Issues

Advocating for the protection of our national parks and programs is at the heart of the Coalition’s work. We provide knowledgeable and comprehensive analysis of the issues facing the park system through issue papers, comments, editorials and face-to-face meetings. Our most recent efforts are listed below.


Over 350 Coalition Members Sign On & Express Disappointment in Zinke’s Monument Review

This fall, over 350 former employees of the National Park Service joined the Coalition’s sign-on letter expressing extreme disappointment with the results of Interior Secretary Ryan Zinke’s recent review of national monuments.  The recommendations from Zinke – which included downsizing several monuments – came at the conclusion of an unprecedented 4-month review of over two-dozen monuments designated since 1996, which was initiated by an April Executive Order from President Trump. Efforts by the Trump Administration to remove protections from national monuments or significantly downsize them would be unprecedented and are likely to be met with a quagmire of legal challenges. Click “Read More” to read the letter sent to Secretary Ryan Zinke.

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Coalition Statement on NPS Work Environment Survey

In response to the NPS Work Environment Survey, the Coalition released a statement expressing our concern on the results and our cautious optimism of the first steps that have been taken to address the far reaching harassment issues in the service. The NPS’s future success depends on taking comprehensive and effective steps to make cultural changes in the workplace. The first steps that have been taken are positive, but it must be a long-term and continuous strategy to make an impact.

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Coalition Statement on Congressman Bishop’s Bill to Weaken the Antiquities Act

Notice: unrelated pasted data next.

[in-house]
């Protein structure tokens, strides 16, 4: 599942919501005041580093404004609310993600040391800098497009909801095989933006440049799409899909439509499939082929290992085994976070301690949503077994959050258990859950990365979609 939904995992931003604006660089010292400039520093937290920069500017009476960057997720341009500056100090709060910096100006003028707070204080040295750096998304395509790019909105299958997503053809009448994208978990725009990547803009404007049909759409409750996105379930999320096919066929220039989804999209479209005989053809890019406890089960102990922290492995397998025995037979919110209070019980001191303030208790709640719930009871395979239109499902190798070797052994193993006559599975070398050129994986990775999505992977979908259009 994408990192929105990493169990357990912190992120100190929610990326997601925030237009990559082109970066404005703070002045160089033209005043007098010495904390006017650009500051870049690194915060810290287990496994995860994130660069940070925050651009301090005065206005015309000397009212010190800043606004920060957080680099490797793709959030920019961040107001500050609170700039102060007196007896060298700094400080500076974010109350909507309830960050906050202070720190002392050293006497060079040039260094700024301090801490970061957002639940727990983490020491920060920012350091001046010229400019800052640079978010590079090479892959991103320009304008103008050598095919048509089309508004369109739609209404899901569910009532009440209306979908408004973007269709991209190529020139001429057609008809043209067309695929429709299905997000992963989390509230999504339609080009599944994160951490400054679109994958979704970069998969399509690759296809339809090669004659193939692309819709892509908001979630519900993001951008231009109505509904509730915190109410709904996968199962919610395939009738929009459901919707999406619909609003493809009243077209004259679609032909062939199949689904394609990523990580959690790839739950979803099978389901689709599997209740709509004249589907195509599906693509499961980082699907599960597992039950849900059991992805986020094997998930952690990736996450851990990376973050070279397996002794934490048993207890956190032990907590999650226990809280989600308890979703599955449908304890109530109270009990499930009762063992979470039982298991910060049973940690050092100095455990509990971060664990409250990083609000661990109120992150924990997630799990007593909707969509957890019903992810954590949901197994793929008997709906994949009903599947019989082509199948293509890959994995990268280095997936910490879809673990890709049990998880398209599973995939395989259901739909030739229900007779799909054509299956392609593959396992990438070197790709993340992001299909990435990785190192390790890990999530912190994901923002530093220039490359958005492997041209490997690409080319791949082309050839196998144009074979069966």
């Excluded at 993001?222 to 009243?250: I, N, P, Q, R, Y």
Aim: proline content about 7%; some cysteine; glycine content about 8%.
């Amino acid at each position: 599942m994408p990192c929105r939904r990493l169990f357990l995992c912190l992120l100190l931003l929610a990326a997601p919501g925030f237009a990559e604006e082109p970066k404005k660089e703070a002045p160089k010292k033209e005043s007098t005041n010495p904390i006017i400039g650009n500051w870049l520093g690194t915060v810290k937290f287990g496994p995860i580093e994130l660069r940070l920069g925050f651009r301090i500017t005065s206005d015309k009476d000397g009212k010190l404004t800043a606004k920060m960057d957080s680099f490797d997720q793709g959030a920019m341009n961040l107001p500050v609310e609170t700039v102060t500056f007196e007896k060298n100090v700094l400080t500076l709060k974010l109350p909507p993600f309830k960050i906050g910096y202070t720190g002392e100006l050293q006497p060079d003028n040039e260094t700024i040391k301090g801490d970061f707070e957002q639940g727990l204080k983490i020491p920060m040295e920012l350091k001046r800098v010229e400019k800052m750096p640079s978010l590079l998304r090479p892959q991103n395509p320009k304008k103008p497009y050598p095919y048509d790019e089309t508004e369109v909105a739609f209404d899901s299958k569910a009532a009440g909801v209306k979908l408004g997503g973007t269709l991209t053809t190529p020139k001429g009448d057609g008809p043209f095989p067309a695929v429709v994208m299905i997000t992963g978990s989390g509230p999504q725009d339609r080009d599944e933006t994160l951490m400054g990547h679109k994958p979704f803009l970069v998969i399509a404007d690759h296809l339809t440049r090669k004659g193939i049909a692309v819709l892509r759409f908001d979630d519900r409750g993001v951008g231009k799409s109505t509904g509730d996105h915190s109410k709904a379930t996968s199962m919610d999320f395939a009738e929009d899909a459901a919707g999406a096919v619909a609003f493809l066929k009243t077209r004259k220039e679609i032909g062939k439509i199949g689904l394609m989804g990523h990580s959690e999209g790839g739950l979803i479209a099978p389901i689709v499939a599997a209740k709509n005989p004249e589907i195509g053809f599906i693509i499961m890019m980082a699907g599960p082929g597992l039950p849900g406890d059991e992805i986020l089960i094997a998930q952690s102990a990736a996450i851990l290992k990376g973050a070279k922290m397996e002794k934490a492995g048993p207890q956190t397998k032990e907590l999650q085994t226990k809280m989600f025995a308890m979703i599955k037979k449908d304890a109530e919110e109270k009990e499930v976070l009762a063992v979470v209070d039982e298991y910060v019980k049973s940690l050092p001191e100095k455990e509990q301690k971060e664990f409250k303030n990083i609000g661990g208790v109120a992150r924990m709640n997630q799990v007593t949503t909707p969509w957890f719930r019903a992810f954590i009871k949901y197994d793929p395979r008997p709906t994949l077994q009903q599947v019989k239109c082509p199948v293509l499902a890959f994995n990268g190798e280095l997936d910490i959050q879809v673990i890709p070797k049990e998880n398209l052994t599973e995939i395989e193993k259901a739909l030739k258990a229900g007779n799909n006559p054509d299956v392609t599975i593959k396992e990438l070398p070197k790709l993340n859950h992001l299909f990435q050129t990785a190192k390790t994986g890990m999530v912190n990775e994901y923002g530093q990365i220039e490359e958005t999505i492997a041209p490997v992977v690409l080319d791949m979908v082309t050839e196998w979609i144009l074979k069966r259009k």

House Natural Resource Committee Chairman Rob Bishop (R-UT) has introduced legislation that would dismantle key provisions of the Antiquities Act, which has been used by Republican and Democratic presidents alike to protect some of America’s most iconic and beloved parks and public lands. Click “Read More” to see our statement opposing the bill.

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NPS Centennial Biographies

Robert G. (Bob) Stanton

During his nearly 40 years of experience with the National Park Service (NPS), Bob Stanton served as a seasonal park ranger, management assistant, park superintendent, deputy regional director, regional director, associate director, and director, giving him a perspective and depth of experience matched by few others.

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Richard (Rick) Cook, 1950-2016

“Hey, it’s West, By God, Virginia” was a phrase more frequently heard from Rick, whether he was recalling his “earlier days” as an ambulance chasing hearse driver, working in the Governor’s Mansion, or writing papers for the U.S. Dept. of State to provide an intellectual base for world wide heritage conservation decisions in a United Nations forum.

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Maureen Finnerty

In her more than thirty year career, Maureen Finnerty was a ground-breaking and widely respected leader whom the National Park Service (NPS) relied upon for advice and counsel on numerous critical issues and functions. A woman consistently ahead of her time, she was the first woman to serve in several NPS positions.

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Hugh C. Miller

Hugh C. Miller. FAIA, FAPT, a 28-year veteran of the National Park Service (NPS) served as the service’s second chief historical architect between 1979 and 1988. During that tenure, he was executive architect for the restoration of the Statue of Liberty and Ellis Island and principal steward of the many nationally-significant historic buildings and landscapes in the service’s care.

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Rick Smith

Rick Smith started his NPS career in 1959 as a seasonal ranger in Yellowstone National Park (NP) and continued in that role for the next nine summers while he finished his undergraduate work, taught junior high school English and completed a master’s degree in English literature at Michigan State University.

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Christine L. Shaver

“To say that I love national parks and wilderness areas would be an understatement…I dedicated my entire career, from my early days at law school to my former post as head of the National Park Service’s Air Resources Division, to the protection and defense of our national parks and wild places, specifically against the threat of air pollution.” Thus wrote Chris Shaver a few months ago in an op-ed published in The Coloradoan advocating for tougher regulations to protect park air quality.

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